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Prog Cardiovasc Dis. 2016 May-Jun;58(6):639-50. doi: 10.1016/j.pcad.2016.03.002. Epub 2016 Mar 18.

Mobile Phone Interventions for the Secondary Prevention of Cardiovascular Disease.

Author information

1
Department of Community Health Systems, University of California, San Francisco. Electronic address: Linda.Park@ucsf.edu.
2
Veterans Affairs Puget Sound Medical Center, Cardiology Section, Seattle, WA; University of Washington, Department of Medicine. Electronic address: beattya@uw.edu.
3
Department of Social and Behavioral Sciences, University of California, San Francisco, CA. Electronic address: Zoey.Stafford@ucsf.edu.
4
Department of Epidemiology and Biostatistics, University of California, San Francisco, CA; San Francisco Veterans Affairs Medical Center, Department of Medicine. Electronic address: Mary.Whooley@ucsf.edu.

Abstract

Mobile health in the form of text messaging and mobile applications provides an innovative and effective approach to promote prevention and management of cardiovascular disease (CVD); however, the magnitude of these effects is unclear. Through a comprehensive search of databases from 2002-2016, we conducted a quantitative systematic review. The selected studies were critically evaluated to extract and summarize pertinent characteristics and outcomes. A large majority of studies (22 of 28, 79%) demonstrated text messaging, mobile applications, and telemonitoring via mobile phones were effective in improving outcomes. Some key factors associated with successful interventions included personalized messages with tailored advice, greater engagement (2-way text messaging, higher frequency of messages), and use of multiple modalities. Overall, text messaging appears more effective than smartphone-based interventions. Incorporating principles of behavioral activation will help promote and sustain healthy lifestyle behaviors in patients with CVD that result in improved clinical outcomes.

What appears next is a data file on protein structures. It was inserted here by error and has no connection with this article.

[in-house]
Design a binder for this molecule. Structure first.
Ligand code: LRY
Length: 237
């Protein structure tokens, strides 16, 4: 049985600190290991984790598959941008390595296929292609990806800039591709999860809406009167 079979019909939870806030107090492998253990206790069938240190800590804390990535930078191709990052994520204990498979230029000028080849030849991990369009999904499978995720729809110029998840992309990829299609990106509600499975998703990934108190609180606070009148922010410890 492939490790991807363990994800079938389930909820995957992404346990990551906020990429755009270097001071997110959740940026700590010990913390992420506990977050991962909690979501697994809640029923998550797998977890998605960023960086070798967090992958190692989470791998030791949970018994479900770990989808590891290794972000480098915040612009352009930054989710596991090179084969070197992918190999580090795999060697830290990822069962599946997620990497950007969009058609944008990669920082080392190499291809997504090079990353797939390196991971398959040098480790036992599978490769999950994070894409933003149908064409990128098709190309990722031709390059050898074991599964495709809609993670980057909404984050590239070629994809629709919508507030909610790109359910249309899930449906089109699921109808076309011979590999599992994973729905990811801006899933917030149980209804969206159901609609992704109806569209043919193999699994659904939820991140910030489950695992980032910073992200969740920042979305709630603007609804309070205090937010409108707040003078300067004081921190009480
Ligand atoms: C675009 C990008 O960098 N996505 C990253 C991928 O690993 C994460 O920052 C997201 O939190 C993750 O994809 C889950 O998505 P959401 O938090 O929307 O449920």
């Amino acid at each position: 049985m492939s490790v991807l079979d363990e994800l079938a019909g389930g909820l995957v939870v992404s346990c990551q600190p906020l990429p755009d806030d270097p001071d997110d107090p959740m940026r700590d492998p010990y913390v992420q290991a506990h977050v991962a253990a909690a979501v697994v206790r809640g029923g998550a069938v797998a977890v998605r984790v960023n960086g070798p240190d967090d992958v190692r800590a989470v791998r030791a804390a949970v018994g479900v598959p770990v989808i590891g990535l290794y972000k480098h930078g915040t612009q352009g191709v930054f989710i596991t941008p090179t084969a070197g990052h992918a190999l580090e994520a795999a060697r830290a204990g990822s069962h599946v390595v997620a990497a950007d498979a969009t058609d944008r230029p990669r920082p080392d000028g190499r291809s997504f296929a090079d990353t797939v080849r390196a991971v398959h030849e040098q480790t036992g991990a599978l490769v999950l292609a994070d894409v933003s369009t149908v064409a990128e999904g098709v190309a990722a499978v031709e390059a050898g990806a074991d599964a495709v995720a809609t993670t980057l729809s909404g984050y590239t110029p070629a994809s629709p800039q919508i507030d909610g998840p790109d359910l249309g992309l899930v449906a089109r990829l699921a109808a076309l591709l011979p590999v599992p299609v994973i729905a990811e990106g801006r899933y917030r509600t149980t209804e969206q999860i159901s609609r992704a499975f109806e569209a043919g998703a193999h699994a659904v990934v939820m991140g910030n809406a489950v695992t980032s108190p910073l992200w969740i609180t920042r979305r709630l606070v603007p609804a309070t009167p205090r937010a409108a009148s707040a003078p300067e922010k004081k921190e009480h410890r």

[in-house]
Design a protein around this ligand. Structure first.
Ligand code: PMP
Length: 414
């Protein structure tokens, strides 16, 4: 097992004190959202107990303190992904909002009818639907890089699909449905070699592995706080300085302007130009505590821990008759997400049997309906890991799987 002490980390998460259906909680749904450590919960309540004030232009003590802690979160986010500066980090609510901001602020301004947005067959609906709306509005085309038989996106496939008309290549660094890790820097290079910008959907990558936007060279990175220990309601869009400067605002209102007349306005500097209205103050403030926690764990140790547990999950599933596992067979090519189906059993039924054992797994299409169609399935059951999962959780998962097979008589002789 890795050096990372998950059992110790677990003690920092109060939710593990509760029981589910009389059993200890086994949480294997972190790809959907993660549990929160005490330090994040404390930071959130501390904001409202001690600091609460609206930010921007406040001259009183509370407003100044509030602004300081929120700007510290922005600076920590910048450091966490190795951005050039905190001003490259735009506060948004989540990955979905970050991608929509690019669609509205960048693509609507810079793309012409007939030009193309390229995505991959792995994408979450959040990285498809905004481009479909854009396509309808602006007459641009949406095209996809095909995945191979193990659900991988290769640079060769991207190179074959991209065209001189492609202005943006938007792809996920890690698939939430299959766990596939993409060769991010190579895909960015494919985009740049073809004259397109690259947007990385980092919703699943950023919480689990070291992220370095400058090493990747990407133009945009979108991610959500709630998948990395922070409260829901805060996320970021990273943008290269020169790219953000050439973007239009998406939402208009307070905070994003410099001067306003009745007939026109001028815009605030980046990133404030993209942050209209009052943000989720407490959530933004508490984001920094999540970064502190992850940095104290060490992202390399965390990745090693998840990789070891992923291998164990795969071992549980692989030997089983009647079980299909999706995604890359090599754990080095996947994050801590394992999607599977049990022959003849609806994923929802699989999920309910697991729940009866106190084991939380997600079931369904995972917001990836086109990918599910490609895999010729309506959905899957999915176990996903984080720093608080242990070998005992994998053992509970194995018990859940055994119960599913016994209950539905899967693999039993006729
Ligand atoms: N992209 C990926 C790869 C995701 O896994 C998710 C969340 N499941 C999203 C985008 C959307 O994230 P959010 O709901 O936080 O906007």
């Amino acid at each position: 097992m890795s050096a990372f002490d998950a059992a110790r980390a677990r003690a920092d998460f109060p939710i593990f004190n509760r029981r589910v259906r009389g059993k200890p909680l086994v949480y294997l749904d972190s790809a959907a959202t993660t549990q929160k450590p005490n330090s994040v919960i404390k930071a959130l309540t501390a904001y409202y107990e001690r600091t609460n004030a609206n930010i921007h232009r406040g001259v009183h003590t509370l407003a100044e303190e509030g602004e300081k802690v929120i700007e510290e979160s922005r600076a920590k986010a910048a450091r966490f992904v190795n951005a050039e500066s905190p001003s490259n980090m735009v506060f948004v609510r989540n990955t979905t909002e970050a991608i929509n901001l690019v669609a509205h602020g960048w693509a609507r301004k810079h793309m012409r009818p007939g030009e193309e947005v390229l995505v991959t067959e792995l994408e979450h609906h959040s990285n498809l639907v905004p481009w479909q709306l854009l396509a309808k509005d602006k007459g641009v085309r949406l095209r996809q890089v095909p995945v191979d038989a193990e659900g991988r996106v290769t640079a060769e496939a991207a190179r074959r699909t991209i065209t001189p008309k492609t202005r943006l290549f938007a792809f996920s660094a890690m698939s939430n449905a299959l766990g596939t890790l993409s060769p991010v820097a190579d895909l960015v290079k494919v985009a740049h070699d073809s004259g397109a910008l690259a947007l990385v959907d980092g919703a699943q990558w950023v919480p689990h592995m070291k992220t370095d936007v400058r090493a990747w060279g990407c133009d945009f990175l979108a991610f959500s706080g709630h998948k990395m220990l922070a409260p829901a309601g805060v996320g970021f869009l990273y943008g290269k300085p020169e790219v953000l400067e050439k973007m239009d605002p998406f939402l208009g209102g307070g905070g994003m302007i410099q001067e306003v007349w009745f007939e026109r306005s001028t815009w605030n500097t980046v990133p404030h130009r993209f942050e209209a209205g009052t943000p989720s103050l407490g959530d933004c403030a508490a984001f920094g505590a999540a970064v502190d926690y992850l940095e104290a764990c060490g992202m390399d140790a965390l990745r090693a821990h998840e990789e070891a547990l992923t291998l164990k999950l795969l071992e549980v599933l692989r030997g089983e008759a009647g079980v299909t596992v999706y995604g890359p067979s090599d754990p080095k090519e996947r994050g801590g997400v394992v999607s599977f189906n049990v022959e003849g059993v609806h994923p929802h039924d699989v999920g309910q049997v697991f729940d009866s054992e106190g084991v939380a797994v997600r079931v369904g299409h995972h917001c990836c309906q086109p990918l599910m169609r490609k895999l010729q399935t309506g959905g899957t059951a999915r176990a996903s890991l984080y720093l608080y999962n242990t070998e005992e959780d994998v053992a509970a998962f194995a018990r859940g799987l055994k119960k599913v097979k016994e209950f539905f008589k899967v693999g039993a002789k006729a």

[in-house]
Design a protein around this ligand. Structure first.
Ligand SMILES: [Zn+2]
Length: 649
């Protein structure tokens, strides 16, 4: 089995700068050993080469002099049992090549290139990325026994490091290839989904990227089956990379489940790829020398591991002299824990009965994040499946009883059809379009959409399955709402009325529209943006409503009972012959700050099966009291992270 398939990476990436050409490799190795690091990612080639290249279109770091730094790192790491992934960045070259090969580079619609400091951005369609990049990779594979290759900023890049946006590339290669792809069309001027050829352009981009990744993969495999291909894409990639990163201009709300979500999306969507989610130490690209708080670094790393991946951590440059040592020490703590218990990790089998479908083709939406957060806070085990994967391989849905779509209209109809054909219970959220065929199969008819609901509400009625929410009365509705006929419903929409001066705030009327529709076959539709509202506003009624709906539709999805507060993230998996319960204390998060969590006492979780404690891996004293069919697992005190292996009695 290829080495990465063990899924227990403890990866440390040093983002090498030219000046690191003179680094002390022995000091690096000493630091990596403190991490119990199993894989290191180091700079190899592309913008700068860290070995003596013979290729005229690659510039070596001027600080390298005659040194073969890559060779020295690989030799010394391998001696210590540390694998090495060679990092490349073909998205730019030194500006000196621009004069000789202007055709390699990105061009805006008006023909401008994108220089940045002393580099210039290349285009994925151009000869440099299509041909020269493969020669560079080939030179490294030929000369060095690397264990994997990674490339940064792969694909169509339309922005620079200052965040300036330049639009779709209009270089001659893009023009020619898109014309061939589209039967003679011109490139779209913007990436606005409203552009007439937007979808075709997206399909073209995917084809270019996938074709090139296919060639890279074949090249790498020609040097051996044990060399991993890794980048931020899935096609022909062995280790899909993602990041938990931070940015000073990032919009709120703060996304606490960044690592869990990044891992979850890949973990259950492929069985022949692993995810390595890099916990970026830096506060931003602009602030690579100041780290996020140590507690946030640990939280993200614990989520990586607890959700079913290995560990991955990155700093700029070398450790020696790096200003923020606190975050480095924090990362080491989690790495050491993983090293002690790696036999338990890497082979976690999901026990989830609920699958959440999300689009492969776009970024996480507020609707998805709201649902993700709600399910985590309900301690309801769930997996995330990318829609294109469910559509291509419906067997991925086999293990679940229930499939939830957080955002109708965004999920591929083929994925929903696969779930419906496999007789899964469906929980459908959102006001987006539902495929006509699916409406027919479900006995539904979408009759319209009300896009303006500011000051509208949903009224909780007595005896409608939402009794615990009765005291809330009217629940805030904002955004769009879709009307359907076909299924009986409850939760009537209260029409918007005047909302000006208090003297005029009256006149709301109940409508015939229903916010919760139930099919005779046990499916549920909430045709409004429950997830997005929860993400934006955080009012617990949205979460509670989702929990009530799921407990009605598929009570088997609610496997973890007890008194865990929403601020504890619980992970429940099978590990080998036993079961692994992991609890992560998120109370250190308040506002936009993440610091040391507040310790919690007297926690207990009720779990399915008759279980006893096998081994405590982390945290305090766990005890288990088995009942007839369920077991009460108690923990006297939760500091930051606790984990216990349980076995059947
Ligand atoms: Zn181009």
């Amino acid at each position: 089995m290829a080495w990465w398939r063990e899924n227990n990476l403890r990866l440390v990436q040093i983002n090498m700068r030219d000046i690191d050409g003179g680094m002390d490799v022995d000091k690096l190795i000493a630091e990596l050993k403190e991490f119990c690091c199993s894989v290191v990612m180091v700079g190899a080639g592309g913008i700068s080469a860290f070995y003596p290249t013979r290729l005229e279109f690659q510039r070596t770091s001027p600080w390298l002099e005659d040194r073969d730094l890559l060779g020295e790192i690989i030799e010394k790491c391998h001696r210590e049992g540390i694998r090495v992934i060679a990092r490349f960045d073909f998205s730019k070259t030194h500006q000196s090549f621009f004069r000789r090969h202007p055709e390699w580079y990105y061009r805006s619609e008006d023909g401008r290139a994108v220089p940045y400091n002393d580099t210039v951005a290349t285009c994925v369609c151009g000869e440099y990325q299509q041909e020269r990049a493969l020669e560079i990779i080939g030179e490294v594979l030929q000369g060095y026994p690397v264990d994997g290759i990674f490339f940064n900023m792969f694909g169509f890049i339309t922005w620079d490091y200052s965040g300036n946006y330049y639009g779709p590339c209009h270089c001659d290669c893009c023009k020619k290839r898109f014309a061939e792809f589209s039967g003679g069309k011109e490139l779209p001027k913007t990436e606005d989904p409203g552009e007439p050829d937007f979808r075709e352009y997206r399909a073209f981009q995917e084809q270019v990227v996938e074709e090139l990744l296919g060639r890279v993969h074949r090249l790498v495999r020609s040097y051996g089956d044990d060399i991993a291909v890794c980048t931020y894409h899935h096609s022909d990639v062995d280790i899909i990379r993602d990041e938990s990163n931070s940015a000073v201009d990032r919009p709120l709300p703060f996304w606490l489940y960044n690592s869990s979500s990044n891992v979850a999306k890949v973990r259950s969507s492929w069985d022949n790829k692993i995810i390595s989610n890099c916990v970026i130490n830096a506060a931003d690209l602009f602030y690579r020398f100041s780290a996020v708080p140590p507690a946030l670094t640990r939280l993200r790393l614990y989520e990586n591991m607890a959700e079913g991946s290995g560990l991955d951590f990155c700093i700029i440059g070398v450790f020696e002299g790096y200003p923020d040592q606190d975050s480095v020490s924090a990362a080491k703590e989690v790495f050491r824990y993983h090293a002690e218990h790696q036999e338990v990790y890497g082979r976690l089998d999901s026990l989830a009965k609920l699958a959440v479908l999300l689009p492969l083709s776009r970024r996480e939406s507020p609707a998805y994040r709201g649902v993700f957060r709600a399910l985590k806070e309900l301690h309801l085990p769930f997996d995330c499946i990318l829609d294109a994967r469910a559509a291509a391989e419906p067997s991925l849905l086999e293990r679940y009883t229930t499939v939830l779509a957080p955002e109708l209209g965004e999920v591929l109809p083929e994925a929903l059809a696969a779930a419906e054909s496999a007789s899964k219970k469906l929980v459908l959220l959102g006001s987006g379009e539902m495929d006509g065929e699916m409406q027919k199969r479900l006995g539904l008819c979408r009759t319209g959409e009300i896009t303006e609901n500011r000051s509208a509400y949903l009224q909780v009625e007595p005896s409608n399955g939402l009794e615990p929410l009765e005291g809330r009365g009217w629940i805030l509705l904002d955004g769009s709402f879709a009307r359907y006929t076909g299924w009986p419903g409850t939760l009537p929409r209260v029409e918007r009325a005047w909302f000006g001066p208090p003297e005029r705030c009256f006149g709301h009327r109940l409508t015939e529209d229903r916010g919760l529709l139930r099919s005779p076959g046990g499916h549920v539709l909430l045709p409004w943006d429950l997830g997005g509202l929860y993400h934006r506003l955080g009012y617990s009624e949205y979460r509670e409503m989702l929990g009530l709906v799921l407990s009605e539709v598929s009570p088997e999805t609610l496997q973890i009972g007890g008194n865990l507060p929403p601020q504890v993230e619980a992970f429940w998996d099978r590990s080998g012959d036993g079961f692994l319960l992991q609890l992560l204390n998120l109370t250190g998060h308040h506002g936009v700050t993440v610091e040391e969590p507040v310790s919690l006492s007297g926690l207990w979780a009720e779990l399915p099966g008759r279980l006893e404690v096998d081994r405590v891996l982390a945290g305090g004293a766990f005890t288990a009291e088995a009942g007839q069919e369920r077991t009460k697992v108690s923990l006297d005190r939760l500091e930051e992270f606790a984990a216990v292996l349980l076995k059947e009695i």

KEYWORDS:

Cardiovascular disease; Mobile applications; Mobile health; Mobile phone; Systematic review; Text messaging

PMID:
27001245
PMCID:
PMC4904827
DOI:
10.1016/j.pcad.2016.03.002
[Indexed for MEDLINE]
Free PMC Article

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